This 2015 New Zealand human study used the same subjects of the More from the researchers that found people have the same personalities at age 26 that they had at age 3 study. These researchers used 10 biologic age markers of subjects at age 38 to find that their biological ages ranged from 28 to … Continue reading A study of biological aging in young adults with limited findings
This 2015 Harvard/MIT rodent study was of long (more than 200 nucleotides) noncoding (non-protein coding) RNAs (ribonucleic acids). These are of interest because: “Within the mammalian body, the largest repertoire and diversity of lncRNA genes outside the germ line occurs in the brain, where lncRNAs exhibit regional and cell-specific localization. The expression patterns of lncRNAs … Continue reading RNA as a proxy signal for context-specific biological activity
This fascinating 2014 human study developed the new use of a somewhat intuitive marker of aging. The researchers used the degree of methylation – an epigenetic chemical modification of DNA – as an epigenetic clock to measure biological age. The researchers found that, on average, the epigenetic age of the liver increased by 3.3 years … Continue reading The degree of epigenetic DNA methylation may be used as a proxy to measure biological age
This 2014 fruit fly study found: “A biologically relevant event such as finding food under starvation conditions or being poisoned can drive long-term memory in a single training session.” I don’t think that we need to discover at these extremes, though, whether or not the finding has human applicability. We do know from the Dutch … Continue reading A biologically relevant event can drive long-term memory in a single training session
I came across this 2020 fiber-vs-fat rodent study from its citation in Gut microbiota and aging: “Dietary intervention studies largely revolve around altering fat content. Little consideration has been given to amount of fiber and whether or not it is soluble. We examined age- and sex-specific effects of a refined high-fat/low soluble fiber diet (rHFD) … Continue reading It’s the fiber, not the fat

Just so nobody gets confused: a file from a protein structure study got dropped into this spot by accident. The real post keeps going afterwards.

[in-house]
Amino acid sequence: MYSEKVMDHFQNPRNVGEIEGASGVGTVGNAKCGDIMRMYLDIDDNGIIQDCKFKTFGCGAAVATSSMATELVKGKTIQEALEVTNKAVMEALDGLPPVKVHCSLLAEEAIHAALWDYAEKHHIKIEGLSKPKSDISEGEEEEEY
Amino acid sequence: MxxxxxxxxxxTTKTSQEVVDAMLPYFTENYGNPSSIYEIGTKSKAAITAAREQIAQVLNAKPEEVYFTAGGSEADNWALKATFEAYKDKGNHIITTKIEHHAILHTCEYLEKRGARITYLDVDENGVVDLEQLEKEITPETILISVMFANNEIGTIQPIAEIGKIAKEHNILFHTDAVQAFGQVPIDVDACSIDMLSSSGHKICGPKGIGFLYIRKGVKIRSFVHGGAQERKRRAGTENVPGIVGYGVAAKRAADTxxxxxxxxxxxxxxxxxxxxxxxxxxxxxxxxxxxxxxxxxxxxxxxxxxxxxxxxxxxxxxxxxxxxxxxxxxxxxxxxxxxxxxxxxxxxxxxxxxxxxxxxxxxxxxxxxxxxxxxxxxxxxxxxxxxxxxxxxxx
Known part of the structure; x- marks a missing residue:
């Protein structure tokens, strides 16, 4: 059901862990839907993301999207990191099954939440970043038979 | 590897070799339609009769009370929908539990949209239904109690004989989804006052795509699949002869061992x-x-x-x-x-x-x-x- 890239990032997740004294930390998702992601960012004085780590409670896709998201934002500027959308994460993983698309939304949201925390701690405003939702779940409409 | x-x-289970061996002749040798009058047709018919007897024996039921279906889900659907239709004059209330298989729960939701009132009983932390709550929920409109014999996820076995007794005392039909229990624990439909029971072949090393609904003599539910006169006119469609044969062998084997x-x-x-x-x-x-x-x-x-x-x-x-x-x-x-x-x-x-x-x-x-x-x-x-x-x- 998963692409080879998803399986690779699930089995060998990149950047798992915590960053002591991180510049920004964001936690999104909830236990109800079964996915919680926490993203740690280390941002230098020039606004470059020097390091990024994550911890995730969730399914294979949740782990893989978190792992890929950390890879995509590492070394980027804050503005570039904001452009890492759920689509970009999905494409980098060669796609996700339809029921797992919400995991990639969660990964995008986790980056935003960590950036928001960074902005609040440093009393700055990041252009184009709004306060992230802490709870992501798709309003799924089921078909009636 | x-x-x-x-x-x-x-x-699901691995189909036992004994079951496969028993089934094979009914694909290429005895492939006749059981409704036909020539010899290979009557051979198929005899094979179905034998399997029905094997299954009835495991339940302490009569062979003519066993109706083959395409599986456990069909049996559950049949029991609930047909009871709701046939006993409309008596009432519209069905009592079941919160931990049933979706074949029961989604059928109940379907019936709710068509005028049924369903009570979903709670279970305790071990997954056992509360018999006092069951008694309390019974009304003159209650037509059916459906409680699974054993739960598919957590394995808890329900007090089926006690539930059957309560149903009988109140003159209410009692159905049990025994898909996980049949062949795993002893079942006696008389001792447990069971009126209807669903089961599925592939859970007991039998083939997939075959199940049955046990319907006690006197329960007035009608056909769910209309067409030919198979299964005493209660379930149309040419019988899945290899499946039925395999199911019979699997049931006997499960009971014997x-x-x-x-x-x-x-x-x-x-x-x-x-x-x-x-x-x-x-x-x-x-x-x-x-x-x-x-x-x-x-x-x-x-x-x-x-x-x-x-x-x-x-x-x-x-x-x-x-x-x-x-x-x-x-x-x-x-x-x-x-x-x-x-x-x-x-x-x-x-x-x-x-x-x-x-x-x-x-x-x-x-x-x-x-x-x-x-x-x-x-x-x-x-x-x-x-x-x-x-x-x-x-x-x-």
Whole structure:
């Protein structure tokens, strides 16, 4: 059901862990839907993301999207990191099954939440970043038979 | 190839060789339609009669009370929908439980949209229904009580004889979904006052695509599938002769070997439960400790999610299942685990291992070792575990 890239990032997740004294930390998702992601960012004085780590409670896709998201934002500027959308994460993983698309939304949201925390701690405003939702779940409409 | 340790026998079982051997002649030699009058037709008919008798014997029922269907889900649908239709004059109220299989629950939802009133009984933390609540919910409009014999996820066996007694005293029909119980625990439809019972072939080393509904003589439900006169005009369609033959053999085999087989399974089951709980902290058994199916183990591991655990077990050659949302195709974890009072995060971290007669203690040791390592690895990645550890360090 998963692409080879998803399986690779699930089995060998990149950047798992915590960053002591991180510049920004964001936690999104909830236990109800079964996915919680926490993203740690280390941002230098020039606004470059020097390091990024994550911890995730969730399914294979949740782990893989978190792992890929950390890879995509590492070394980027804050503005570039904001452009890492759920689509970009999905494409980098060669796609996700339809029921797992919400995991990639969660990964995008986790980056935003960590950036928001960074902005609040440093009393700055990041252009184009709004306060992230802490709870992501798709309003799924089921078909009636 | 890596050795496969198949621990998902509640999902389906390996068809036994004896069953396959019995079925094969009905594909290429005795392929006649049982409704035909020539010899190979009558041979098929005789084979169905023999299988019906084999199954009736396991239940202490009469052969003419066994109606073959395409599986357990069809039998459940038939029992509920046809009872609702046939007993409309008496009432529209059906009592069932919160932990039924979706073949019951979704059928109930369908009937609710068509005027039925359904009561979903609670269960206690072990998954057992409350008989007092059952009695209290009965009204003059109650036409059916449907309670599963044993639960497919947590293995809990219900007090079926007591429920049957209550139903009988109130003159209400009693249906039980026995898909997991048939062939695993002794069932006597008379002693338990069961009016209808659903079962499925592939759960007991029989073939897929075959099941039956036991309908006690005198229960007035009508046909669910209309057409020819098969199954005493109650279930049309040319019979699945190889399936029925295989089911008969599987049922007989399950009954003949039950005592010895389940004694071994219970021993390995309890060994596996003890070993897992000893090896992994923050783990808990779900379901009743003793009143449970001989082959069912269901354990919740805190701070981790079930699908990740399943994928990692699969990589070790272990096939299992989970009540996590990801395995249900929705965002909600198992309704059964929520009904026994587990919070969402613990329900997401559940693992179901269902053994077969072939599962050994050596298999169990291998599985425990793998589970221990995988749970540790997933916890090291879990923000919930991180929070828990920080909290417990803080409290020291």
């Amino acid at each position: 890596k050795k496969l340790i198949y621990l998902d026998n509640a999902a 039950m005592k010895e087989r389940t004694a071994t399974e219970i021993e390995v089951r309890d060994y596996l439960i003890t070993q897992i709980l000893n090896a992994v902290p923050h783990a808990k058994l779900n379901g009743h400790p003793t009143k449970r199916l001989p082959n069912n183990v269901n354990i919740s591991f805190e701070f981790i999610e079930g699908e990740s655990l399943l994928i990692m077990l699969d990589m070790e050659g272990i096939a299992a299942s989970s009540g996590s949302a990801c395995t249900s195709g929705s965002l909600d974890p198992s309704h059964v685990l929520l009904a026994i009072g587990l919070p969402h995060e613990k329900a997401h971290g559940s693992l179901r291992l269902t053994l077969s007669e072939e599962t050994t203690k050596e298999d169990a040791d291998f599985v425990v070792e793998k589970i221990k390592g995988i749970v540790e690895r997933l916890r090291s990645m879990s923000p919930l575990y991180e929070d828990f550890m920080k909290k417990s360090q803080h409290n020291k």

This 2020 review explored the title subject: “The human body contains 1013 human cells and 1014 commensal microbiota. Gut microbiota play vital roles in human development, physiology, immunity, and nutrition. Human lifespan was thought to be determined by the combined influence of genetic, epigenetic, and environmental factors including lifestyle-associated factors such as exercise or diet. … Continue reading Gut microbiota and aging
A 2020 paper by the author of Sulforaphane: Its “Coming of Age” as a Clinically Relevant Nutraceutical in the Prevention and Treatment of Chronic Disease: “The gut and brain communicate bidirectionally via several pathways which include: Neural via the vagus nerve; Endocrine via the HPA axis; Neurotransmitters, some of which are synthesized by microbes; Immune … Continue reading The future of your brain is in your gut right now
Two human studies investigated health effects of heat-killed lactic acid bacteria. The first from 2019 found: “One hundred healthy subjects with a body mass index from 23.0 to 29.9 (51 men and 49 women, mean age 41.4 years) were enrolled in this randomized, double-blind, placebo-controlled, parallel group study. Subjects were randomly assigned to daily administration … Continue reading Eat heat-killed bacteria for health?